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10 Holiday Hats: the Silly Side of Thanksgiving

For some families, the Thanksgiving feast is a sacred and solemn occasion. For others, the holiday is orchestrated by the control freak who insists that everything be picture-perfect. And quite a few families put their personal tensions and passive-aggressiveness on display. The perfect remedy for these uptight feasts is a ridiculous holiday hat.

1. The Gobbler

The Gobbler Hat has it all: a turkey who still has his head, feathers, and his own Pilgrim hat. This hat is so popular that it is sold out at the half-dozen or so suppliers I checked. Maybe next year.

2. Sexy Turkey Hat

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Here's a much fancier (and more feminine) turkey hat.

There are some people, I am told, that have elegant Thanksgiving suppers. Then there are the rest of us.

No, you can't buy it, but you can buy the knitting pattern and make your own by next year.

3. Paper Turkey

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The cheapest way to wear a turkey for Thanksgiving is to make one yourself, out of construction paper, using a children's activity website as a guide. Kids look cute in these. Adults? Maybe not so cute, but you'll draw attention wherever you go.

4. Roast Turkey Hat

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This nice fuzzy plush turkey hat from Miles Kimball will set you back $9.99 but will remind everyone at the dinner table that a) you love roast turkey, and b) you're a real dork.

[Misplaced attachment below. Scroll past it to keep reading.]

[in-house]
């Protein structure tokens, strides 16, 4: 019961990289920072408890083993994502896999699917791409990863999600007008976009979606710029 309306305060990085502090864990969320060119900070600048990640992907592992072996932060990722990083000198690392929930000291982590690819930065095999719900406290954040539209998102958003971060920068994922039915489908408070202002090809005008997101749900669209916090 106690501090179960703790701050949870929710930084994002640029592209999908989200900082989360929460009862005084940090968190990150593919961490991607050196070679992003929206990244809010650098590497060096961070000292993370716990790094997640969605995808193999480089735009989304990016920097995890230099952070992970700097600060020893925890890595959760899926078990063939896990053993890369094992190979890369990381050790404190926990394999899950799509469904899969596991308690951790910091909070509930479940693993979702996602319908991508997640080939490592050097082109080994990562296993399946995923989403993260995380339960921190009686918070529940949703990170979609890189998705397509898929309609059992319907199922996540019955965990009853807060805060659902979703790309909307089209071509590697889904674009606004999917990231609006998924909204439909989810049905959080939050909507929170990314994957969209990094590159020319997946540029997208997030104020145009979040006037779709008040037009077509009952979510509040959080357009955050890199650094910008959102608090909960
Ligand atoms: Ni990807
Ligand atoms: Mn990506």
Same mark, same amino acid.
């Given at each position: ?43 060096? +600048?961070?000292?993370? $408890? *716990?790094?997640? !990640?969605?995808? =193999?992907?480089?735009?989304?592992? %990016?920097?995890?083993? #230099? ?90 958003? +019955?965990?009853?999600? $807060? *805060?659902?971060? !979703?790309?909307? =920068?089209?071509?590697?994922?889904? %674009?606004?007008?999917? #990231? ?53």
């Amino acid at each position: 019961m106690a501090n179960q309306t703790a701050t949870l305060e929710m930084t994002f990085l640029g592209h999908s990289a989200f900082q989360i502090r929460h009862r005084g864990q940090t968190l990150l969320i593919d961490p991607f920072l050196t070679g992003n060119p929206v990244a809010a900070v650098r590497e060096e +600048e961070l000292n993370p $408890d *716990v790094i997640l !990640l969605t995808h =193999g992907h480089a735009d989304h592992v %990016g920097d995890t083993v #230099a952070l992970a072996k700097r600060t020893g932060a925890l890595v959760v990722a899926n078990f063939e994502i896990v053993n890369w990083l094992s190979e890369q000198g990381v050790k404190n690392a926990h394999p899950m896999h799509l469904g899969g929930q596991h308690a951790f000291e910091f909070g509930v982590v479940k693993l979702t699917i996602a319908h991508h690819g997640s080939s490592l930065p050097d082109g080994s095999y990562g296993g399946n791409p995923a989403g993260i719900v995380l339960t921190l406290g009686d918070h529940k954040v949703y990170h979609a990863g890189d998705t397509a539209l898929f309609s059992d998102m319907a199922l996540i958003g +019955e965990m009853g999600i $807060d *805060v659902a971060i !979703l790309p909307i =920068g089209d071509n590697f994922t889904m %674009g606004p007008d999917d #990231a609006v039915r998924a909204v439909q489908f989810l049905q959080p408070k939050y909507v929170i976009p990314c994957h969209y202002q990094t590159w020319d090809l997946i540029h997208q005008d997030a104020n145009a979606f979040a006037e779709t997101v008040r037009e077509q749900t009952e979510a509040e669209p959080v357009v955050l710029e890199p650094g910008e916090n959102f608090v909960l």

5. Chef's Hat

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Russ Parsons, food editor of the L.A. Times was recently spotted wearing a similar hat while preparing the fashion inspiration. Note how accurate the color of the hat is!

6. Cold Turkey

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Check out this Cold Turkey Hat modeled by Vicki at Knitorious! This one is called the Cold Turkey hat because Vicki and her friend who made it both quit smoking about the time this picture was taken, but you could whip one up to wear at the dinner table Thursday. Here are complete knitting instructions for a child size hat and an adult-sized hat.

7. Pumpkin Cap

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Turkey isn't the only dish on the menu. Pumpkin pie, pumpkin bread, pumpkin cookies, and a pumpkin cap! This cap is knitted from 100% organic cotton and is available in sizes from infants to adults. For the very few who think cranberry sauce is the best thing about Thanksgiving, you can have a hat, too.

8. Pilgrim Hat

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While half your family is looking forward to pumpkin pie and the other half just want to get back to the football game, someone needs to reference the historical roots of the holiday. What better way than to show up in a deluxe pilgrim hat! In this case, we overlook the fact that the Pilgrims did not wear buckles on their hats; modern day celebrants wouldn't recognize the hat without one.

9. Indian Feathers

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The Native American half of the Plymouth Colony Thanksgiving celebration didn't wear any particular kind of hat you would recognize today, but a few feathers might remind your family and friends who really saved the Pilgrims from complete extinction. I'm not sure why this model is sneering. Maybe he really hates the combination of green and purple.

10. Thanks Cap

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I believe this hat is the most appropriate of all. Simple, fashionable, and it's the only one in this collection that symbolizes what Thanksgiving is really all about.

Yes, I understand that liquor may be more effective at loosening family tensions during the holiday, but funny hats are safer on the highways.

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Helen Maybanks, (c) RSC